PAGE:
Greater Balance: Sometimes co-authoring will help you gain those few extra hours to sleep, work out, or spend with your spouse of family.
Greater Veracity: With many voices, you must have agreement of theology. You are less likely to go off track spiritually with greater accountability.
Greater Friendships: All our co-authors have become dear friends because of the honest conversations and numerous hours spent connecting over deep, important ideas. We have also remained friends because up front we talk over co-author details so everyone if unified and pulling in one direction. We always have an agreed upon mediator, and to date we have never had to use that person/company.
Greater Synergy: Having varied ideas, styles, voices, passions is electric! You may just enjoy the energy and excitement of a team project.
Co-authoring isn’t for everyone—but it could be for you.
Bob Hostetler here, offering another prayer for writers:
I write today, Lord.
I will be using words, and some of them will be verbs.
Inspire them all, God, but especially the verbs.
Hover over them.
Speak them into existence.
Breathe into them the breath of life.
All my verbs come from you.
You are my “is.”
My “see,” my “know.”
You are my “laugh” and “cry,”
my “wake” and “sleep,”
“shiver” and “sweat,”
“think” and “speak,”
“jump” and “skip” and “dance” and “bounce.”
There is not an action in my day,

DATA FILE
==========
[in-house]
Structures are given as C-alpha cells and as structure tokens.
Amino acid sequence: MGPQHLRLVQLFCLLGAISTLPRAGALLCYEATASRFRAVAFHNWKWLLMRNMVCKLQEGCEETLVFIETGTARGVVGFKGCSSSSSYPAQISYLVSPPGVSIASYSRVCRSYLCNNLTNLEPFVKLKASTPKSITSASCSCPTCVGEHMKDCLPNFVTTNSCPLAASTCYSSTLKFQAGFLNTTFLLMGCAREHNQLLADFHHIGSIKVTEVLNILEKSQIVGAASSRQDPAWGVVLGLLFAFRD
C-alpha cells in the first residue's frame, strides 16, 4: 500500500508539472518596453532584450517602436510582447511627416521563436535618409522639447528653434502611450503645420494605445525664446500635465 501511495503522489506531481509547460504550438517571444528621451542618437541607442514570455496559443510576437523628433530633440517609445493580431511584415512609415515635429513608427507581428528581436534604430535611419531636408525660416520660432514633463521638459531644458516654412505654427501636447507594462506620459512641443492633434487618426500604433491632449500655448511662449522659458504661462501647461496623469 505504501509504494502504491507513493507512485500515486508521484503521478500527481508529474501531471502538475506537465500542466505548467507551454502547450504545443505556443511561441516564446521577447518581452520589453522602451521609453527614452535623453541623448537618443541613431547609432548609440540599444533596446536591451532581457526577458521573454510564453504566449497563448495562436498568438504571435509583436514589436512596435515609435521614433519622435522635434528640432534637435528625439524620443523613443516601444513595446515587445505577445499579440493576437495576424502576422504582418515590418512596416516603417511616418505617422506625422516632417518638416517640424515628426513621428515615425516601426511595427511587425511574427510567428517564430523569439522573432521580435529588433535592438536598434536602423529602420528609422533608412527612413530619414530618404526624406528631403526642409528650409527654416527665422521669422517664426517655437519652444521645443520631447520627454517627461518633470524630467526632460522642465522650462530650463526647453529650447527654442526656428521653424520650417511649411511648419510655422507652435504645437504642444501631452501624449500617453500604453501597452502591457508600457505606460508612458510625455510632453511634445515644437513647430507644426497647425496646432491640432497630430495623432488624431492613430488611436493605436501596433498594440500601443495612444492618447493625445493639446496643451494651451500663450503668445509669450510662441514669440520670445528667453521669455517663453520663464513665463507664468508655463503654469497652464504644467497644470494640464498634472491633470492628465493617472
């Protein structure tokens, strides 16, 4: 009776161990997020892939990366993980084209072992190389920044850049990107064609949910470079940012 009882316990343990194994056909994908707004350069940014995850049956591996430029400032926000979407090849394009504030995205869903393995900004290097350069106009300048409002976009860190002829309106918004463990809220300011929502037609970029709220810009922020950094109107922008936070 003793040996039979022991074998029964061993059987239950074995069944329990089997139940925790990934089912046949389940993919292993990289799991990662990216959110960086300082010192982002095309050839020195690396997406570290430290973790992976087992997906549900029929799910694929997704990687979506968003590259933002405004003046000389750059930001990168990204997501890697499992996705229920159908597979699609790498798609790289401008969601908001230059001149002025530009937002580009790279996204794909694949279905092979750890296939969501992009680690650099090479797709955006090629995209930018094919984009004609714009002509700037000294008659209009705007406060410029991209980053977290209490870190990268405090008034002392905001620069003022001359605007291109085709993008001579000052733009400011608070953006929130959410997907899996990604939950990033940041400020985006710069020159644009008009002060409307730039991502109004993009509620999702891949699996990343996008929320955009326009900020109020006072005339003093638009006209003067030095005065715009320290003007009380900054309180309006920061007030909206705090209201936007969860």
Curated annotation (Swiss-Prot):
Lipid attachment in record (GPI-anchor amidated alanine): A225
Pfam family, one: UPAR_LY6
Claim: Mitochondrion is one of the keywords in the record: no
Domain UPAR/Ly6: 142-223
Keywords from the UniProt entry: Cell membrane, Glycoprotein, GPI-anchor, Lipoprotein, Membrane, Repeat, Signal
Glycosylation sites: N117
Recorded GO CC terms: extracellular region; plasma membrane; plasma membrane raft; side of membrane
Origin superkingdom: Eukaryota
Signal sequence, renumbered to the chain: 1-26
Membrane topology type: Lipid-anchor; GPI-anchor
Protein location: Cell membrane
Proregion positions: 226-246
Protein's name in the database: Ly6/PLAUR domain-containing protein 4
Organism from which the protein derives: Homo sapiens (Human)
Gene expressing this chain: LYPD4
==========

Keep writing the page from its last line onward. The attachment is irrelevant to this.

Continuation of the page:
a movement of my bones,
a breath in my breast
or a word on my tongue
that does not come from you.
Let it be consciously so in my writing today.
And at the end of my day, with the final word on the page,
pronounce it good, in Jesus’ name, amen.
Bob’s latest book is The Red Letter Prayer Life, available now via Bob’s website or at fine Christian retailers everywhere. He is also the author of “31 Ways to Pray for Your Children,” an iPhone and iPad app available via iTunes.
Hello from Kathy Collard Miller in the Southern California desert where it’s starting to cool down!
Some time ago I was waiting in the airport for my connecting flight, minding my own business while enjoying reading a novel. I looked up and noticed a small food counter nearby where a woman was serving customers. I continued reading when unexpectedly the Lord’s still small voice within my heart whispered, “Go talk to that woman behind the counter about Me.”
My reaction was unfortunately one that I usually make: “Oh, Lord, you know I don’t like doing things like this. Please! No!”
I resumed reading, my face almost buried in the book’s pages, hoping He would forget I was there. But I could sense Him patiently waiting…and waiting.
“Oh, all right, Lord. What should I say to her?”
“Tell her I love her.”
Well, that wasn’t very original! I still wasn’t convinced I wanted to go and tried reading my book again. But I knew He would be persistent, so I gathered my things together and got at the end of the line for the counter.
I was amazed that by the time all the customers in front of me had been helped, no one had gotten in line behind me. When I faced the woman at the counter, I gulped and shot an arrow prayer, “OK, Lord, here we go.”